No raises for university executives as student tuition climbs
SACRAMENTO – Assemblymember Rudy Salas (D-Bakersfield) introduced Assembly Bill (AB) 1317 which will prohibit Universities from increasing Executive pay when the Trustees / Board of Regents increase student tuition.
“We need to stand up for our students who are being priced out of an education while executives continue to give themselves raises,” said Assemblymember Salas. “This is about protecting our students and holding universities accountable for their actions.”
In November 2014, trustees of the UC system approved increases in tuition and several of Cal State Universities stood by imposing “success fees” in lieu of violating a tuition freeze while both approved significant pay raises for several university executives including campus presidents and chancellors.
On average, CSU executives make $293,382 per year with a 3% increase totaling an average compensation of $303,982.73 (not including housing and other benefits). For chancellors at two UC campuses, pay increases amounted to a 20% raise from $319,160 to $383,300. Meanwhile, students at UC campuses, who are presently paying $11,220 just in tuition, could see that number rise to as much as $15,564 by 2019. At Cal State Universities, students are seeing increases in so-called “student fees” of amounting to annual costs of nearly $800 per student despite claiming to have held tuition at $5,472 since 2011.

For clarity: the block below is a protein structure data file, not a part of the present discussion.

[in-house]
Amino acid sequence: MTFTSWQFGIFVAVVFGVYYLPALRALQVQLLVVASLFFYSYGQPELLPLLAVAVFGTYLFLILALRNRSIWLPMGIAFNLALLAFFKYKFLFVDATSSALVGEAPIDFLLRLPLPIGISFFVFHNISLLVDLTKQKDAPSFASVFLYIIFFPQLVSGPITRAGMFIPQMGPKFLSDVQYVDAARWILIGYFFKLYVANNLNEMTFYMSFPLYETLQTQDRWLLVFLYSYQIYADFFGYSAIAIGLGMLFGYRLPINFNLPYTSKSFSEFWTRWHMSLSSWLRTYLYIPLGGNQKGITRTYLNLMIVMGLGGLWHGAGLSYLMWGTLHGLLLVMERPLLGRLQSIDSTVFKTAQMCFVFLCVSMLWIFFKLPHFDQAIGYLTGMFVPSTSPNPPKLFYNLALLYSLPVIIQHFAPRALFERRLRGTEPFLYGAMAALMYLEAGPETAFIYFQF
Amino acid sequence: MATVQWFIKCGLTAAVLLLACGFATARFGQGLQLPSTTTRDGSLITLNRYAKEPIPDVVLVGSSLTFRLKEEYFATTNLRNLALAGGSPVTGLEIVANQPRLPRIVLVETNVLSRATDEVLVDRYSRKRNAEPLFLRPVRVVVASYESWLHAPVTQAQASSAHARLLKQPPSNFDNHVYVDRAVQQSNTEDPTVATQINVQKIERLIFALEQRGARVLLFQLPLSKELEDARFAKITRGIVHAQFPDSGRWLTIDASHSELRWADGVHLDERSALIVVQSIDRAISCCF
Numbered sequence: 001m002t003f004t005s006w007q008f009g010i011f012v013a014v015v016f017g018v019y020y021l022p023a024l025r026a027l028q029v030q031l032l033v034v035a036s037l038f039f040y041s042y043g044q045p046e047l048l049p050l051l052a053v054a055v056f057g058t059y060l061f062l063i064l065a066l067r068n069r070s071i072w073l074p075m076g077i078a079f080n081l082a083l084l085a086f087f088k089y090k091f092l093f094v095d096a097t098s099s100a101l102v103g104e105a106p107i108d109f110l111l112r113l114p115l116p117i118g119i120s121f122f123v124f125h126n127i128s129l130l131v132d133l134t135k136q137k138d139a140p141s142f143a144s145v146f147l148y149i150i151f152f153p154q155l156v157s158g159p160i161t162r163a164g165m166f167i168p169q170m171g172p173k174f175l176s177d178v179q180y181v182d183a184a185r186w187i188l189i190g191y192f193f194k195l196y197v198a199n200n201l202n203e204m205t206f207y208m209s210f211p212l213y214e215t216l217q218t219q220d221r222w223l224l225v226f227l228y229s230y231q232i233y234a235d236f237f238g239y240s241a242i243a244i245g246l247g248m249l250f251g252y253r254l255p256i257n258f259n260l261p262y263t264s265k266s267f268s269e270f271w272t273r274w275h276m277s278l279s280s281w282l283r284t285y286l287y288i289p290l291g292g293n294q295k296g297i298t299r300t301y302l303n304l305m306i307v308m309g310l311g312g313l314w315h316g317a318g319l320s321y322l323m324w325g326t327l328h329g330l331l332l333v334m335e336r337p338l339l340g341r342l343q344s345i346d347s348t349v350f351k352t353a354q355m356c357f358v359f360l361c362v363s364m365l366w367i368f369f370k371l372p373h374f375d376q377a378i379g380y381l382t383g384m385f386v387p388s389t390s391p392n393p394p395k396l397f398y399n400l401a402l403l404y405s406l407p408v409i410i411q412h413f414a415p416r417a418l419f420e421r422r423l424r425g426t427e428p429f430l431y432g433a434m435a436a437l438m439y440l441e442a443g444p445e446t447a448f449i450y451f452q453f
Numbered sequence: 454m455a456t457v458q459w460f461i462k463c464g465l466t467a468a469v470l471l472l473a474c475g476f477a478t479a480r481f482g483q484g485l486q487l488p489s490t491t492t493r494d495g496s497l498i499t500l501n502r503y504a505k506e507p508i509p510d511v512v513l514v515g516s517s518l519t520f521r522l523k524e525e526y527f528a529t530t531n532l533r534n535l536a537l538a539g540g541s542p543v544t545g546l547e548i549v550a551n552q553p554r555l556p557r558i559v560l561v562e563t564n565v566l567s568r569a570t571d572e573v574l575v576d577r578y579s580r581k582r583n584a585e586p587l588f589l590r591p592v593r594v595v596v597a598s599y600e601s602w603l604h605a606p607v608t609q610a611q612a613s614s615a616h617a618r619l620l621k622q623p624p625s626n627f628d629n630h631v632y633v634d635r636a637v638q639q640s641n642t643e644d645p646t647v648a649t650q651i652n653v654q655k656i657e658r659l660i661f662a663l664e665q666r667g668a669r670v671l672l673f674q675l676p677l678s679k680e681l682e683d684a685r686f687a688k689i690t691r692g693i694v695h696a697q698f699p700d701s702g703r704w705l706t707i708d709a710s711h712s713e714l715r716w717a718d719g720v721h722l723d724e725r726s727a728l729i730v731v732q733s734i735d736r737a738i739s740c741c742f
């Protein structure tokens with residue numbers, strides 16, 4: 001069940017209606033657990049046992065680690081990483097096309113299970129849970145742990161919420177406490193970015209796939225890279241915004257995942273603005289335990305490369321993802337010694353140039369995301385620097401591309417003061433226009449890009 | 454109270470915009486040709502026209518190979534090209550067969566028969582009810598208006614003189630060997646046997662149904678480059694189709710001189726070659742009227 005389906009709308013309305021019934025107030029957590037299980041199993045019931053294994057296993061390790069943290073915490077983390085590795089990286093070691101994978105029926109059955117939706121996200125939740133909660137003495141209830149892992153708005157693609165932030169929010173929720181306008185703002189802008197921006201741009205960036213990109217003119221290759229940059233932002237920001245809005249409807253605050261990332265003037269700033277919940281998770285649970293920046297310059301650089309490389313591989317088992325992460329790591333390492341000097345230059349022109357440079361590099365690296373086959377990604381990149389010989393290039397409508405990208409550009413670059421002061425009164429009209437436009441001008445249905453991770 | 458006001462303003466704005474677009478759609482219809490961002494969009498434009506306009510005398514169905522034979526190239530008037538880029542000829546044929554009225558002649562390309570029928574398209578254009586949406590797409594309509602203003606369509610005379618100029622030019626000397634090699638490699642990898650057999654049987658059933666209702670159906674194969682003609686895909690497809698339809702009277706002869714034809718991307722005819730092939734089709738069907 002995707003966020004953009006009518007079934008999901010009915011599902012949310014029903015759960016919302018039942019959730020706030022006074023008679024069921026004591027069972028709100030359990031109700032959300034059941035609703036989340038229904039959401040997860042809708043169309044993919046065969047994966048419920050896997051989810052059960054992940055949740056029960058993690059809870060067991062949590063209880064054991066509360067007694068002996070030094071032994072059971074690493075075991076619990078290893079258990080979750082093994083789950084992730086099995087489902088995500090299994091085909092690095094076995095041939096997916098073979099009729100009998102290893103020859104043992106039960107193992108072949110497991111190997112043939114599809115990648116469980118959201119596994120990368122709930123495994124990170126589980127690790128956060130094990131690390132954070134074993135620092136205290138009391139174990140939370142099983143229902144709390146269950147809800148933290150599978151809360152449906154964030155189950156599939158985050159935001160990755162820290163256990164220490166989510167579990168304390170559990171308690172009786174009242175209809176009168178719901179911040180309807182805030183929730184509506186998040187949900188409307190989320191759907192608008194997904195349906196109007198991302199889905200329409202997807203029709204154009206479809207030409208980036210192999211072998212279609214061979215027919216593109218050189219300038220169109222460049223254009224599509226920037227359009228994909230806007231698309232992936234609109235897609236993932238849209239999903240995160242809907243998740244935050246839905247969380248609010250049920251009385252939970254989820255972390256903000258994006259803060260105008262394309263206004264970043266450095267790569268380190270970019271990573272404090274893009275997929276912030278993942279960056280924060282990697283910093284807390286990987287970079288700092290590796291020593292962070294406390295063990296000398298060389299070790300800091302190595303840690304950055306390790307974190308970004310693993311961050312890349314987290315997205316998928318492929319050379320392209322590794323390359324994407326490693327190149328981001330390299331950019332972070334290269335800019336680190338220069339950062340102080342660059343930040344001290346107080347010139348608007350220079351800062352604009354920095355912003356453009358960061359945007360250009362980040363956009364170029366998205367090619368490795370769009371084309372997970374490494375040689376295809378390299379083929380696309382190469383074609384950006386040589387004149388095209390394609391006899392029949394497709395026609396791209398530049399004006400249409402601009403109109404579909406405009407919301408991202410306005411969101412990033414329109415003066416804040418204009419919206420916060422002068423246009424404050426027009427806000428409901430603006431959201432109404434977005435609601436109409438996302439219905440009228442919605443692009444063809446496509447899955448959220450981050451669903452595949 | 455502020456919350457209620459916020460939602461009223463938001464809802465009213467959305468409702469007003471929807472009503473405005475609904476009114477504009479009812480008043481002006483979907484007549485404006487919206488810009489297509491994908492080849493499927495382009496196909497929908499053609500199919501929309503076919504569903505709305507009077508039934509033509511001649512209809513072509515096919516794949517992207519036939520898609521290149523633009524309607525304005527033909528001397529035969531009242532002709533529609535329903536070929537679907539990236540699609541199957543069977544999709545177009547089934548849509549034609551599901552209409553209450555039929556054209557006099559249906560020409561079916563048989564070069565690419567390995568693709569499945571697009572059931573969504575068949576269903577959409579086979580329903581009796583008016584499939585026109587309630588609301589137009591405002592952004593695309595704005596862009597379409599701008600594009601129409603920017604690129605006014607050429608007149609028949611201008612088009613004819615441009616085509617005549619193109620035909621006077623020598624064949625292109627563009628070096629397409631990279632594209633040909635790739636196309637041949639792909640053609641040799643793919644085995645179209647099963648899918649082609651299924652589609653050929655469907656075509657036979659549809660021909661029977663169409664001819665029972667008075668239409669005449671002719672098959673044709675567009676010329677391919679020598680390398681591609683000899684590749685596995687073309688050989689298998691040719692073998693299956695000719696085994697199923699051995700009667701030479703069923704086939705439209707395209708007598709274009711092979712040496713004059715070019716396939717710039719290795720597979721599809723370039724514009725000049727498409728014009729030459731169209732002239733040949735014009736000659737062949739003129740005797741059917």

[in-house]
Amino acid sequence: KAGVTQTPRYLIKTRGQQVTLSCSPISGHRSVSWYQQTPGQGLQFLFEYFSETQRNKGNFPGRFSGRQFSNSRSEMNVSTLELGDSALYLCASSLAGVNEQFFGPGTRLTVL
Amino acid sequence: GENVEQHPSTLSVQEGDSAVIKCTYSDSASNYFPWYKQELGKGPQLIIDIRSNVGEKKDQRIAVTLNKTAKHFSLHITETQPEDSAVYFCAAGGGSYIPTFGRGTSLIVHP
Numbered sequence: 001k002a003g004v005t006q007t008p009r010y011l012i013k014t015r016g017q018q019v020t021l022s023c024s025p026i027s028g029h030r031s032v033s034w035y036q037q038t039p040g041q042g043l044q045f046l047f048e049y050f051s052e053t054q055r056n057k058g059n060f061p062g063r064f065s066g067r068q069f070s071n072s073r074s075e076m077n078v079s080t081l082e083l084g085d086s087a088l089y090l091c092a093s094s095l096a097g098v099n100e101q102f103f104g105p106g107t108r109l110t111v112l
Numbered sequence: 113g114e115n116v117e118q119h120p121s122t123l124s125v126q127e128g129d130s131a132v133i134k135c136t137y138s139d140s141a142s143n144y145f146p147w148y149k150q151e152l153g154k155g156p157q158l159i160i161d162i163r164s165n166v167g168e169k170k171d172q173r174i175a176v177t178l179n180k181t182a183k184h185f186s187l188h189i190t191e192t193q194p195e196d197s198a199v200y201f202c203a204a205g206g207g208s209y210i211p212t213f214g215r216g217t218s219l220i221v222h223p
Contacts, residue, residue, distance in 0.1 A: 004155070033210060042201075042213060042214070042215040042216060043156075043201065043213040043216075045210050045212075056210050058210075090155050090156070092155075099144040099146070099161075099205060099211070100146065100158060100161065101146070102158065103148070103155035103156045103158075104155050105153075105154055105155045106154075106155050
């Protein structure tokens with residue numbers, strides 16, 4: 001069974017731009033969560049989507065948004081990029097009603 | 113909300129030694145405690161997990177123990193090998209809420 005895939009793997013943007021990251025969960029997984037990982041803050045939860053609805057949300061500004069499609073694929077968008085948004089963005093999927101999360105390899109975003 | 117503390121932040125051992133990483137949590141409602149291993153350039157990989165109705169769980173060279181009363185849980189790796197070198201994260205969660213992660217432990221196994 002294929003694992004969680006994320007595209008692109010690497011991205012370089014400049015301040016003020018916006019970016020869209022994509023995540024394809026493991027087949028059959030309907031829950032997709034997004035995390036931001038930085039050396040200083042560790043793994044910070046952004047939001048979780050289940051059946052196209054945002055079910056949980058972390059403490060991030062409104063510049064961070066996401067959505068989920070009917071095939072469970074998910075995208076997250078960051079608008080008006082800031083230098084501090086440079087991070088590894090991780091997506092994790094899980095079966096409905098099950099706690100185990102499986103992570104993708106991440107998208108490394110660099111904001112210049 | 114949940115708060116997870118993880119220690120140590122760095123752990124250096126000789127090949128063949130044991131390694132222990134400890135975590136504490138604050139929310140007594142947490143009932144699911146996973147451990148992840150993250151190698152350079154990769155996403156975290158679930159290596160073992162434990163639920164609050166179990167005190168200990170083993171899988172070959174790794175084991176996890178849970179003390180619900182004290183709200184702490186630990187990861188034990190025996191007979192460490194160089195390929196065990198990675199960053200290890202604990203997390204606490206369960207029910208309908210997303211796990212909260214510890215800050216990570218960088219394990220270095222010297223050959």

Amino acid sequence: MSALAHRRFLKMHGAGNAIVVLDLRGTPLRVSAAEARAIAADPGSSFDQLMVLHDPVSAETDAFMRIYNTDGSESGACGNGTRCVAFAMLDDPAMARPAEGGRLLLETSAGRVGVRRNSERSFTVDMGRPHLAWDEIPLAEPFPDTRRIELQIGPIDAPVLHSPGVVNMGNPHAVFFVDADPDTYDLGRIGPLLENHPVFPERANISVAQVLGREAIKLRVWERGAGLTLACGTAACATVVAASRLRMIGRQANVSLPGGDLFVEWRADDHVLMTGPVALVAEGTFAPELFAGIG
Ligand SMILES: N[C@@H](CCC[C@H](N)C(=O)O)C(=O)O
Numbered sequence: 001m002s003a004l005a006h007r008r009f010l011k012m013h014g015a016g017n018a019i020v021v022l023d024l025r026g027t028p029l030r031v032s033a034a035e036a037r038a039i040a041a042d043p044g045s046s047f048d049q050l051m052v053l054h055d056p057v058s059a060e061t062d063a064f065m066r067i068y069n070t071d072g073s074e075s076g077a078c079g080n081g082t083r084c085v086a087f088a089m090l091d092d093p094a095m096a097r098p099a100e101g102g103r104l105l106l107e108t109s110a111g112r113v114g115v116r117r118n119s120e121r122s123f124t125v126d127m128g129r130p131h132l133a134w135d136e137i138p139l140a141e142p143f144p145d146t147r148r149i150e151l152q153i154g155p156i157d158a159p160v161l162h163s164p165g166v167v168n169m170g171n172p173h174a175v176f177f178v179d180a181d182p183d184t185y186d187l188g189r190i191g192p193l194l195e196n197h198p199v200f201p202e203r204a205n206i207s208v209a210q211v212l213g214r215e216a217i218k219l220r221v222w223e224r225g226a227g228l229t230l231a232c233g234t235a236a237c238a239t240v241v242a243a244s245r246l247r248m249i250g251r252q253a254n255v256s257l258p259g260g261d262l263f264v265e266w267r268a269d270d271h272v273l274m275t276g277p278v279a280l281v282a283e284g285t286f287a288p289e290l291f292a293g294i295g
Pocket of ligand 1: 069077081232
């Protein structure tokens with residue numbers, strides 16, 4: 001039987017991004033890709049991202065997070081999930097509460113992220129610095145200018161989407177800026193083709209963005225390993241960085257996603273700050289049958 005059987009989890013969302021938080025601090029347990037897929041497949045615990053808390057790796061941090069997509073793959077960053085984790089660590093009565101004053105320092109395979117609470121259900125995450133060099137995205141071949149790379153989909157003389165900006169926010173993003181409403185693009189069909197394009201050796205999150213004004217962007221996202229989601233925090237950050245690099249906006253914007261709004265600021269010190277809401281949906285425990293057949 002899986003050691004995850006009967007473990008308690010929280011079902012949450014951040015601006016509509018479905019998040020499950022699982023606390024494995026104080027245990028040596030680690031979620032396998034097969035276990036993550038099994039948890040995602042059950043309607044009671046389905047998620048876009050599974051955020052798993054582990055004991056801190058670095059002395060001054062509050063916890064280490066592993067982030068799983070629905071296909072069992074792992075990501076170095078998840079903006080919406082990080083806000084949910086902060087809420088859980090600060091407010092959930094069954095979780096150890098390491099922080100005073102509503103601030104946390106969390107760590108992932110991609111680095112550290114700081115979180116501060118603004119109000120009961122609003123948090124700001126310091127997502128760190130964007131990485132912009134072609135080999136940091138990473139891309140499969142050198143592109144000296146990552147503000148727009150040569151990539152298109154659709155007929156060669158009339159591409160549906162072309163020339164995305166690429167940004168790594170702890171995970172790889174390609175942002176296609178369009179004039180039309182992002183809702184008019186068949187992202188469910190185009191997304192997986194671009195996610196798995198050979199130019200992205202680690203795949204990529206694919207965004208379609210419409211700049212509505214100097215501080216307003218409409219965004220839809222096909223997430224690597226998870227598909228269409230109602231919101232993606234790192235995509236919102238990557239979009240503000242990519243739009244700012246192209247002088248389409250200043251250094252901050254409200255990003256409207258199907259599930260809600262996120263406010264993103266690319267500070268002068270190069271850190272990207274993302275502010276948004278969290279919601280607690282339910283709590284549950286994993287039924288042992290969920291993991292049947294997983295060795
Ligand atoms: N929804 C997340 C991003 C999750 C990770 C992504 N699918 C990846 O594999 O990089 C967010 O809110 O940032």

During the past ten years, the CSU system has twice approved pay raises for university executives, by an average of 11% in 2007 and 3% in 2014, while increasing student tuition fee rates by an average of 10% every year during the same time period. Similarly, the UC regents opted in 2014 to increase pay for top UC executives by as much as 20% while proposing annual increases in tuition by 28% over a five year period, purportedly due to lack of additional funding in the Budget.
These decisions continue a troubling pattern where raises for executive pay often coincide with decisions to increase the cost of tuition at state universities.
“We cannot stand by while university executives get raises and pass the costs onto hardworking students who often struggle to pay for their education,” said Assemblymember Salas. “It’s simple – if you do not have the budget to run a university without increasing tuition and student fees, then you do not have the budget for university executives to be paid more.”
As public institutions designed to serve students, state universities have a responsibility to keep education accessible and affordable and to prioritize student needs over executive pay. According to the Institute for College Access and Success’ Project on Student Debt, more than half of all Californians graduating from four year institutions in 2013 were indebted as a result of their student loan obligations with the average student holding more than $20,000.
Assemblymember Salas represents part of the City of Bakersfield, the cities of Arvin, Avenal, Corcoran, Delano, Hanford, Lemoore, McFarland, Shafter, Wasco, and the communities of Armona, Buttonwillow, Home Garden, Kettleman City, Lamont, Lost Hills, Stratford and Weedpatch.